Tuesday, 20 January 2015

Game 49: Elvira - Ladyhawke

By Deimar

Jake Spenser Journal Entry #3: The job is going well I think. Better for me, as there seems to be no escape from this hell hole. The main keep is clean of ghosts, although one of them still attacks me from time to time. I went to the garden to see if I could escape from there but I only managed to meet some more monks, a guy obsessed with archery training and the castle gardener. A pity he was dead. Not dead as in “returned-to-the-world-of-the-living-to-feed-on-brains” but more in the vein of “viciously-killed-and-tormented” dead. I really want to get out of here but I only get complaints from Elvira that now wants me to get rid of some lard.

Having cleared the main keep, it is time to explore the rest of the castle. Or at least another section of it, the garden, with the hope of finding a way out of this madhouse. I left the armor in the kitchen, because it was quite the burden, and took with me a large shield and the crossbow with the crossbow bolts we found on the first floor. Leaving the keep, I notice that there is a large shield with a written inscription, but we don’t know the language yet. There is a spell in the spell book that can help with that, but we can’t cast it for now. And so, to the garden!!


Let’s see the many horrific ways of dying in this apparently peaceful place

The entrance to the garden is on the opposite side of the castle courtyard from the keep. Once we enter the garden the scenery changes completely. The music changes from a somewhat repetitive and mysterious tune to a slow-paced melody. It makes me sleepy. The grey stones transform into a green yard, but with walls covered by plants and moss. The road from the garden entrance is quite straightforward, with no branches. There are quite a few trees and bushes in the way containing several plants that we can take to make spells later.

The first crossroad takes us to a locked door we can not open at the moment. In front of the door we can find a straw archery target. In the vein of the first Quest for Glory, we can also practice our archery skill here. And that’s exactly what we do. The first bolt gets lost into the bushes, but after three more shots hitting the target, we become a master crossbowman.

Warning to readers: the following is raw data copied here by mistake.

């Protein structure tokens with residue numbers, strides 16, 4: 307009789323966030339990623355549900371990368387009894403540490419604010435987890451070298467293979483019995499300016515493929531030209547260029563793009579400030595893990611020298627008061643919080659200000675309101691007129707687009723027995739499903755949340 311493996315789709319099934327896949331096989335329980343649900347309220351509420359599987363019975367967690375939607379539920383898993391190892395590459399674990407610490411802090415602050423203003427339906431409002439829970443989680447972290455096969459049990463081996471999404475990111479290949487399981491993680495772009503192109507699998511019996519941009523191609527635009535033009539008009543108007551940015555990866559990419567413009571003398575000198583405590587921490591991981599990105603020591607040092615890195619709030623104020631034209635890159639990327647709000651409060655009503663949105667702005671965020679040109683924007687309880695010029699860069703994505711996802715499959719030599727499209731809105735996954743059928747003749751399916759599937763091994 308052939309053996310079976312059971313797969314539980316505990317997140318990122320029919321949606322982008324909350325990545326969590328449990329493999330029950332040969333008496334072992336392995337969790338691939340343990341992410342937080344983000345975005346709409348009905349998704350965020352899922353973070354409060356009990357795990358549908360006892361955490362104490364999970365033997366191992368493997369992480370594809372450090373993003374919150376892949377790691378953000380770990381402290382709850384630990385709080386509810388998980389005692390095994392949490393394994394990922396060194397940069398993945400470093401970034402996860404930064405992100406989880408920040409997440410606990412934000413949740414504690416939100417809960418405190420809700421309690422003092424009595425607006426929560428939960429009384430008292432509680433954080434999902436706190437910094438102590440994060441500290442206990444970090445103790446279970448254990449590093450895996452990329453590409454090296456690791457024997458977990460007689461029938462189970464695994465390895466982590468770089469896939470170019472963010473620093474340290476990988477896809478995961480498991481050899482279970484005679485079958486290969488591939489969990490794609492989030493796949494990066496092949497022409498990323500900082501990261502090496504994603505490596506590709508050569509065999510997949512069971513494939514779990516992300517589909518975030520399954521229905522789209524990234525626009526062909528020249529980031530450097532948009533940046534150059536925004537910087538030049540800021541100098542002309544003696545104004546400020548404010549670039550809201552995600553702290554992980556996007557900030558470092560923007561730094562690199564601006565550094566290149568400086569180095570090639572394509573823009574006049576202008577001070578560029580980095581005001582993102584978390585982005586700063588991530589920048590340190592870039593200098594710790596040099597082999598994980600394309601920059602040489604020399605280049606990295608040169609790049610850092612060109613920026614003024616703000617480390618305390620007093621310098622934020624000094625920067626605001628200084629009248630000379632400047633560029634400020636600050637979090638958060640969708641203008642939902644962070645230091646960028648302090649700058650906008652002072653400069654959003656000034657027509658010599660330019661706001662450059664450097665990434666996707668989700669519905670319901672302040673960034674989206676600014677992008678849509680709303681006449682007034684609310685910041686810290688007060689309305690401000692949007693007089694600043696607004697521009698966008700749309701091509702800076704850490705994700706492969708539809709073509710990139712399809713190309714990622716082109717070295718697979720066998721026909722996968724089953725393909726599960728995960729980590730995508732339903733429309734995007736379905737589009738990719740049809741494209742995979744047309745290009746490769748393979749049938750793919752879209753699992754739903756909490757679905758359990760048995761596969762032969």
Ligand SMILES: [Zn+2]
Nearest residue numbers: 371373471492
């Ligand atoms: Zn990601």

Doesn’t have the appeal of throwing knifes in a goblin infested forest but it will have to do

I think now is a good time to explain the RPG part of the game, the character stats. There is a bar just over the inventory showing our six stats: Strength, Resilience, Dexterity, Skill, Life and Experience. Life is just our hit points and experience, contrary to typical RPGs, is just a score pointer that rises whenever we solve a puzzle and is not related to combat. Strength influences the weight we can carry and how much damage our hits cause. Whenever we are damaged, we lose life and strength. This is quite important because the more damaged we are, the less we can carry and the less damage we do in combat. We can get really screwed, although healing spells also restore strength.

Luckily for us, resilience reduces the physical damage we take. Wearing the armor gets us to 68 resilience and mobs did very little damage. With only the shield we just reach 22 so we need to be careful. Dexterity affects the time we have to chain hits and who starts the combat. Finally, skill is the stat that decides if our hits connect or not. It’s based on the weapon we are using and increases with use. With the dagger I had 20 skill, with the axe 10 and with the sword I started at 40 but now I’m at 46. Taking into account that if you hit you can keep chaining strikes, taking the axe instead of using the dagger was a very poor decision. But come on, it’s an axe. AN AXE!!